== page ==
Kinetic Control over Droplet Ripening in Fuel-Driven Active Emulsions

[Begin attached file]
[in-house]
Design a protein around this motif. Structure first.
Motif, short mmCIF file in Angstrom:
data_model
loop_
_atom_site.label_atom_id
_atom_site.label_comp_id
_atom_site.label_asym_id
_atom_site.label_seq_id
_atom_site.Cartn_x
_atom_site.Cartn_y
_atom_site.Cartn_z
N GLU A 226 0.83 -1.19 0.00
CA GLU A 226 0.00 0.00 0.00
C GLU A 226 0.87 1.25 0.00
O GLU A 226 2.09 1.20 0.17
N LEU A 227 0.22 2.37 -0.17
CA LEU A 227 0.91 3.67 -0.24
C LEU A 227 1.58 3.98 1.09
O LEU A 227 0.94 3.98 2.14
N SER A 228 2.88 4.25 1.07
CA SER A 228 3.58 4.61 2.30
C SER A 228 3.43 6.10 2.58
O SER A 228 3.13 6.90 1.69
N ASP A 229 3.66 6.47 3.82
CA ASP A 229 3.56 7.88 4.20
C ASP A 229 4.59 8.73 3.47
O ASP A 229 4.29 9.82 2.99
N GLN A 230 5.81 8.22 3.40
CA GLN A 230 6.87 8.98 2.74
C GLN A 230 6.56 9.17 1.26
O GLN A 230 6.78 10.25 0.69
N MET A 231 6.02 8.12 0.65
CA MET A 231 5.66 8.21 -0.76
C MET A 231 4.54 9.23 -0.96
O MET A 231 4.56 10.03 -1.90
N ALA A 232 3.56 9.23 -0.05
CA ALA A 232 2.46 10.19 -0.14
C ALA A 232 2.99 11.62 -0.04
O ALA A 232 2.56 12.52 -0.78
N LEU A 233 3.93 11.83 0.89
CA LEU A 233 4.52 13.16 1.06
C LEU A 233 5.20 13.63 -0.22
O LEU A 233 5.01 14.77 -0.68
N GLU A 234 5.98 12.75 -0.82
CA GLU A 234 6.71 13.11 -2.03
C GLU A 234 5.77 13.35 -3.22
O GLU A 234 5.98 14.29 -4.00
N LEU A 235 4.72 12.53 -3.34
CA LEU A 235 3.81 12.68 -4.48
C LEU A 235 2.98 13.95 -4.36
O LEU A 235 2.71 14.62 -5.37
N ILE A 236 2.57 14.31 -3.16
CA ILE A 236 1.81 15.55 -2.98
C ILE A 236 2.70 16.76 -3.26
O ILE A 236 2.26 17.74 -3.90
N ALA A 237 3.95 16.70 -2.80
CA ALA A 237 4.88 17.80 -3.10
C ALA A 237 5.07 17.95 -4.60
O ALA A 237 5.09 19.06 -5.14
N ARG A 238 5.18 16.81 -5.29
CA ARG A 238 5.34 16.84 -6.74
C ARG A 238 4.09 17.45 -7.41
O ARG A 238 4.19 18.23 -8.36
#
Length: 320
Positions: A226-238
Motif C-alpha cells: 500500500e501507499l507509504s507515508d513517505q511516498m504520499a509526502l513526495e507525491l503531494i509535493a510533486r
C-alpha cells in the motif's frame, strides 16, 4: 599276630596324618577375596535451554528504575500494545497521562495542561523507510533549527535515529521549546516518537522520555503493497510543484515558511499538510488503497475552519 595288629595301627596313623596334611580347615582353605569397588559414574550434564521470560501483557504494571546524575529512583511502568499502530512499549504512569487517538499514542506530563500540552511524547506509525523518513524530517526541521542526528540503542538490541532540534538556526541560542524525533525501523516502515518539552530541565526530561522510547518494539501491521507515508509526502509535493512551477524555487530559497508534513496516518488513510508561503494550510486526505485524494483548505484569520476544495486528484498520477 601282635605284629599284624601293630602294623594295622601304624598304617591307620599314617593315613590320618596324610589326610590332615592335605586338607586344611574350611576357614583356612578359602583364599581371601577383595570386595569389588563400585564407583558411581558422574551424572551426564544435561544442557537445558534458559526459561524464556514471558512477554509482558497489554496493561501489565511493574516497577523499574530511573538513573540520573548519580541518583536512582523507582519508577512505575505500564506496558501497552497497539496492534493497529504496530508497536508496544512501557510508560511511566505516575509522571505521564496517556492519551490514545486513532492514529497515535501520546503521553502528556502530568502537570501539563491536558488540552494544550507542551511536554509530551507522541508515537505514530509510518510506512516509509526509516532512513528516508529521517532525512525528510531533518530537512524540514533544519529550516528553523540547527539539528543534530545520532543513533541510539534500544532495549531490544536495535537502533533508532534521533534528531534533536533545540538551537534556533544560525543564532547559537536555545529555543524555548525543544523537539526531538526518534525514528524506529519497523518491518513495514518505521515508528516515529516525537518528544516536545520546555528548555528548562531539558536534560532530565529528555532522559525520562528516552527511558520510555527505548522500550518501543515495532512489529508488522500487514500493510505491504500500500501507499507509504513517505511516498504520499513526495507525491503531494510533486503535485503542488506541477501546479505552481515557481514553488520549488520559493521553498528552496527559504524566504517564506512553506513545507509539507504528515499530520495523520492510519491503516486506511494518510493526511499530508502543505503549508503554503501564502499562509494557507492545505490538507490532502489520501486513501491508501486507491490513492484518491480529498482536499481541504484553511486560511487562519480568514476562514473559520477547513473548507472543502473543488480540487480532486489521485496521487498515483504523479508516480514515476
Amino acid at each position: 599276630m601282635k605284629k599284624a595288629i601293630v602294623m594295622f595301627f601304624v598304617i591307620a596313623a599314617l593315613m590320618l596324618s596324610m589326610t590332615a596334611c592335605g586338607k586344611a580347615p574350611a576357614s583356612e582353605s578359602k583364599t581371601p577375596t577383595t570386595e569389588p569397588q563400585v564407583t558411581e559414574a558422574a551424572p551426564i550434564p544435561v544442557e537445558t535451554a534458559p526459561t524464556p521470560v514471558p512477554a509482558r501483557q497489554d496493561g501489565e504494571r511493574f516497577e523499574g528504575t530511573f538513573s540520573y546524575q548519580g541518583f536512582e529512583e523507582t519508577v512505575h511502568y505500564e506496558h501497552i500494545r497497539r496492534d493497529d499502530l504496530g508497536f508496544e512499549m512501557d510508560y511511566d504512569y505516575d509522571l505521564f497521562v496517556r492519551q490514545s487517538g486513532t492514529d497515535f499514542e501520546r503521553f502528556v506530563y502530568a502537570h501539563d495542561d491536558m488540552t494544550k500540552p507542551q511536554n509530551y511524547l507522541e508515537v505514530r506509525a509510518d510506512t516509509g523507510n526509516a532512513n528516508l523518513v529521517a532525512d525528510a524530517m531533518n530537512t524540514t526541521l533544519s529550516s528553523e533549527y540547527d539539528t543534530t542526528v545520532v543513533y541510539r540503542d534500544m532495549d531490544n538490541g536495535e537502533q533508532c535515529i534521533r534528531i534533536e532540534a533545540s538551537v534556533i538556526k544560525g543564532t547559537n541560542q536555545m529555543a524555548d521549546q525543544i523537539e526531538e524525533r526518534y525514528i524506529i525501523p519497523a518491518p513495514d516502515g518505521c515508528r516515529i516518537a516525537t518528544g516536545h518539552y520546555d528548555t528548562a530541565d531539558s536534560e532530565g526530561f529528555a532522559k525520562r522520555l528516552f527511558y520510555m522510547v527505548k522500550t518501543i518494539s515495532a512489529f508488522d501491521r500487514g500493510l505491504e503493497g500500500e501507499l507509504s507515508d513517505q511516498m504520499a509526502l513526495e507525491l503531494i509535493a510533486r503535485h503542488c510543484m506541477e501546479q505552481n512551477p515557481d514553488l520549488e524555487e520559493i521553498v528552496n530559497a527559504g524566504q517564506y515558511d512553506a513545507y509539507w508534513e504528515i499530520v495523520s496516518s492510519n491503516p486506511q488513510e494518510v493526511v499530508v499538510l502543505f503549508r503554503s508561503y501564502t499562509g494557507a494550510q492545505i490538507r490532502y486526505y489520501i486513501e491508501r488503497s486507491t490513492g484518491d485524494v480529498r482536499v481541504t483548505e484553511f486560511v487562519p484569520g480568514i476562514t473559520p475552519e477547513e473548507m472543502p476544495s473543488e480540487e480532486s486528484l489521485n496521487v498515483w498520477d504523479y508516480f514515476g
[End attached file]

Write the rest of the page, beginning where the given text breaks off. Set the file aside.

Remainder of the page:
Active droplets are made of phase-separated molecules that are activated and deactivated by a metabolic reaction cycle. Such droplets play a crucial role in biology as a class of membrane-less organelles. Moreover, theoretical studies show that active droplets can evolve to the same size or spontaneously self-divide when energy is abundant. All of these exciting properties, i.e., emergence, decay, collective behavior, and self-division, are pivotal to the functioning of life. However, these theoretical predictions lack experimental systems to test them quantitively. Here, we describe the synthesis of synthetic active droplets driven by a metabolic chemical cycle and we find a surprising new behavior, i.e., the dynamics of droplet-growth is regulated by the kinetics of the fuel-driven reaction cycle. Consequently, these droplets ripen orders of magnitude faster compared to Ostwald ripening. Combining experiments and theory, we elucidate the underlying mechanism, which could help better understand how cells regulate the growth of membrane-less organelles.